when a plaintiff sues an official under Bivens or § 1983 for
conduct “arising from his or her superintendent
responsibilities,” the plaintiff must plausibly plead and
eventually prove not only that the official’s subordinates
violated the Constitution, but that the official by virtue of his
own conduct and state of mind did so as well.
Dodds v. Richardson, 614 F.3d 1185, 1198 (10th Cir. 2010) (quoting Iqbal, 556 U.S. at
677). Therefore, in order to succeed in a § 1983 suit against a government official for
conduct that arises out of his or her supervisory responsibilities, a plaintiff must allege
and demonstrate that “(1) the defendant promulgated, created, implemented or
possessed responsibility for the continued operation of a policy that (2) caused the
complained of constitutional harm, and (3) acted with the state of mind required to
establish the alleged constitutional deprivation.” Id. at 1199.
Plaintiff also cannot maintain claims against prison officials or administrators on
the basis that they denied his grievances. The “denial of a grievance, by itself without
any connection to the violation of constitutional rights alleged by plaintiff, does not
establish personal participation under § 1983.” Gallagher v. Shelton, 587 F.3d 1063,
1069 (10th Cir. 2009); see also Whitington v. Ortiz, No. 07-1425, 307 F. App’x. 179, 193
(10th Cir. Jan. 13, 2009) (unpublished) (stating that “the denial of the grievances alone
is insufficient to establish personal participation in the alleged constitutional violations.”)
(internal quotation marks and citation omitted); Davis v. Ark. Valley Corr. Facility, No.
02-1486, 99 F. App’x. 838, 843 (10th Cir. May 20, 2004) (unpublished) (sending
“correspondence [to high-ranking prison official] outlining [a] complaint . . . without more,
does not sufficiently implicate the [supervisory official] under § 1983”).
The Court further finds that the Complaint improperly combines a number of
separate and unrelated claims against different defendants. Pursuant to Rule 18(a) of
the Federal Rules of Civil Procedure, "[a] party asserting a claim . . . may join, as
independent or alternative claims, as many claims as it has against an opposing party."
However, the issue of whether multiple defendants may be joined in a single action is
governed by Rule 20(a)(2) of the Federal Rules of Civil Procedure, which provides:
(2) Defendants. Persons . . . may be joined in one action as
(A) any right to relief is asserted against them
jointly, severally, or in the alternative with
respect to or arising out of the same
transaction, occurrence, or series of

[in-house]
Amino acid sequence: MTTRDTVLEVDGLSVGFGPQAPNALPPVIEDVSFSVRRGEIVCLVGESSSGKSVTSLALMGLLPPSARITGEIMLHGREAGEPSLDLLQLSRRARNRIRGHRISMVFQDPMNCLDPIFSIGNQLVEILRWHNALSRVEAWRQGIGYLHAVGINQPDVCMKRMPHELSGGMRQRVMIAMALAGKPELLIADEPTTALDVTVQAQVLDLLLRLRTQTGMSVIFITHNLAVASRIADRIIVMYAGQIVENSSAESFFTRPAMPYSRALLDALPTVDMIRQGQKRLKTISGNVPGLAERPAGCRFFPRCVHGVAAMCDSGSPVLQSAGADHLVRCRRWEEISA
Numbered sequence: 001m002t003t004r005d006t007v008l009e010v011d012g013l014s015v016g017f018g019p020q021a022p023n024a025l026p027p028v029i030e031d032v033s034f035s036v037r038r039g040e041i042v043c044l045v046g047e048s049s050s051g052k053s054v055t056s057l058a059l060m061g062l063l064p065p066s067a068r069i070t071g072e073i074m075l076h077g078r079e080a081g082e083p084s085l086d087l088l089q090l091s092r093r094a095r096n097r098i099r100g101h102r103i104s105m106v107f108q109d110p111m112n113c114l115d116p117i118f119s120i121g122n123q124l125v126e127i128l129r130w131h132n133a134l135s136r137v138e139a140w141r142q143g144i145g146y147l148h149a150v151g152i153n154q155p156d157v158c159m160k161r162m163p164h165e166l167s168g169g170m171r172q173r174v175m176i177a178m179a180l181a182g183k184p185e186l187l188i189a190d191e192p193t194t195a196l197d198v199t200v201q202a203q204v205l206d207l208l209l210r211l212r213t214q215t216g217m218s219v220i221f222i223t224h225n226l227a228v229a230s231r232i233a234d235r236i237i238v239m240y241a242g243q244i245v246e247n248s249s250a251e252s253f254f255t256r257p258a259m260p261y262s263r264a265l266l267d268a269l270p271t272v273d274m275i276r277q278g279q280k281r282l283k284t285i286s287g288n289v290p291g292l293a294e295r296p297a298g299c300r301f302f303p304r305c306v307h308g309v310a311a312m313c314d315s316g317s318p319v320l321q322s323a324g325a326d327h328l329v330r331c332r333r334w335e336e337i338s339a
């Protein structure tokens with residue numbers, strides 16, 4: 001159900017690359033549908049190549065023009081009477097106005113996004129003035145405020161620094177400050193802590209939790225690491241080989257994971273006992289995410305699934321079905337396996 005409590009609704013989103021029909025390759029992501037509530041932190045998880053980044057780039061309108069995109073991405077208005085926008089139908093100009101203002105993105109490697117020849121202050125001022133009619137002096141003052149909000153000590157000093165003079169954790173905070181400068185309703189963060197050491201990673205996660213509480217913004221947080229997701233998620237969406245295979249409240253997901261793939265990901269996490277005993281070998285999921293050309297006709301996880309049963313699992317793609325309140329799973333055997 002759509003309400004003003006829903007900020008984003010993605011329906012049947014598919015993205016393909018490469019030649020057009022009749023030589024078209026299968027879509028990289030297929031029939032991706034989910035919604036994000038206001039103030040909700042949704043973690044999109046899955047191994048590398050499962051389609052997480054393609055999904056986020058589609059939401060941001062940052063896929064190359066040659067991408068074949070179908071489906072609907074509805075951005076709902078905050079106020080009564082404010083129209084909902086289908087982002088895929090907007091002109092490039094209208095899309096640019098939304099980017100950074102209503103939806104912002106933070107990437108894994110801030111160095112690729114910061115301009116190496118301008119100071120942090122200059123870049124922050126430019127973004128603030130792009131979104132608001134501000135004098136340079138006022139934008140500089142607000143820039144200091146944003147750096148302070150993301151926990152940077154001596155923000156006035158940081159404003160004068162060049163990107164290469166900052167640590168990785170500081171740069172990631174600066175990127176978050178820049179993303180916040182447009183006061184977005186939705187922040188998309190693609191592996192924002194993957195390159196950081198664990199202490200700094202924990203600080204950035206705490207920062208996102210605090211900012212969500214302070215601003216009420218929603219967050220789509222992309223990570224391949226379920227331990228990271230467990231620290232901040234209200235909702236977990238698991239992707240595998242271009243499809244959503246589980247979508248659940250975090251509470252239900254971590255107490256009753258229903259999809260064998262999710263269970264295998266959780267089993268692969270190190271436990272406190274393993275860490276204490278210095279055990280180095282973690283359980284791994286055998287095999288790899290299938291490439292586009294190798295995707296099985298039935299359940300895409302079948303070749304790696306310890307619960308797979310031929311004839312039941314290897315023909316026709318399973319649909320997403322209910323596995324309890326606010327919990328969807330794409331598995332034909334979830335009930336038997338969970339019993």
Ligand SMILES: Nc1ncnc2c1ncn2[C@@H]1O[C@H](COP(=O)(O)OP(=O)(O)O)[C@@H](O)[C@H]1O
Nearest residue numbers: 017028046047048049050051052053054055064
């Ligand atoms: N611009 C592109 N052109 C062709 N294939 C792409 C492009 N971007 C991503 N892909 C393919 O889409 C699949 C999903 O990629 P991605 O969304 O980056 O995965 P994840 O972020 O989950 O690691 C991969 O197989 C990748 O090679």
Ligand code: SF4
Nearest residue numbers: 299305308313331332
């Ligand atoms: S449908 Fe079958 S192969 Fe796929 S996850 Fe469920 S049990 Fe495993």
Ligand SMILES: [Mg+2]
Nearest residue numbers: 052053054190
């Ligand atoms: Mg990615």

transactions or occurrences; and
(B) any question of law or fact common to all
defendants will arise in the action.
Fed. R. Civ. P. 20(a).
Plaintiff has identified three different incidents. The incidents involve the alleged
actions of various defendants and raise a range of issues as folllows: (1) excessive
force; (2) taking of property; (3) and ADA discrimination. Plaintiff may not join separate
and unrelated incidents against multiple defendants based on a conclusory statement of
retaliation. See Gillon v. Fed. Bureau of Prisons, et al., 424 F. App’x 722, 725-26 (10th
Cir. 2011) (finding that plaintiff could not join separate and unrelated claims arising out
of different incidents based on an "overarching" allegation of retaliation).
Requiring adherence in prisoner suits to the federal rules regarding joinder of
parties and claims prevents “the sort of morass [a multiple claim, multiple defendant]
suit produce[s].” George v. Smith, 507 F.3d 605, 607 (7th Cir. 2007). “Misjoinder of
parties is not a ground for dismissing an action.” Fed. R. Civ. P. 21. Instead, “ ‘[t]o
remedy misjoinder, . . . the court has two remedial options: (1) misjoined parties may
be dropped on such terms as are just; or (2) any claims against misjoined parties may
be severed and proceeded with separately.’ ” Nasious v. City and County of Denver,
415 F. App’x 877, 881 (10th Cir. 2011) (quoting DirecTV, Inc., v. Leto, 467 F.3d 842,
845 (3d Cir. 2006)). Nonetheless, the Court will refrain from dropping or severing
parties at this time because Plaintiff must submit an Amended Complaint that complies
with Rule 8 and the joinder requirements of the Federal Rules of Civil Procedure.
Accordingly, it is
ORDERED that within thirty days from the date of this Order, Plaintiff shall
file an Amended Complaint that complies with this Order. It is
FURTHER ORDERED that Plaintiff shall obtain the Court-approved Prisoner
Complaint form (with the assistance of his case manager or the facility’s legal assistant),
along with the applicable instructions, at www.cod.uscourts.gov, to be used in filing the
Amended Complaint. It is
FURTHER ORDERED that if Plaintiff fails to file an Amended Complaint that
complies with this Order within the time allowed, the Court may dismiss the Complaint
and action without further notice.
DATED August 28, 2014, at Denver, Colorado.
BY THE COURT:
s/ Boyd N. Boland
United States Magistrate Judge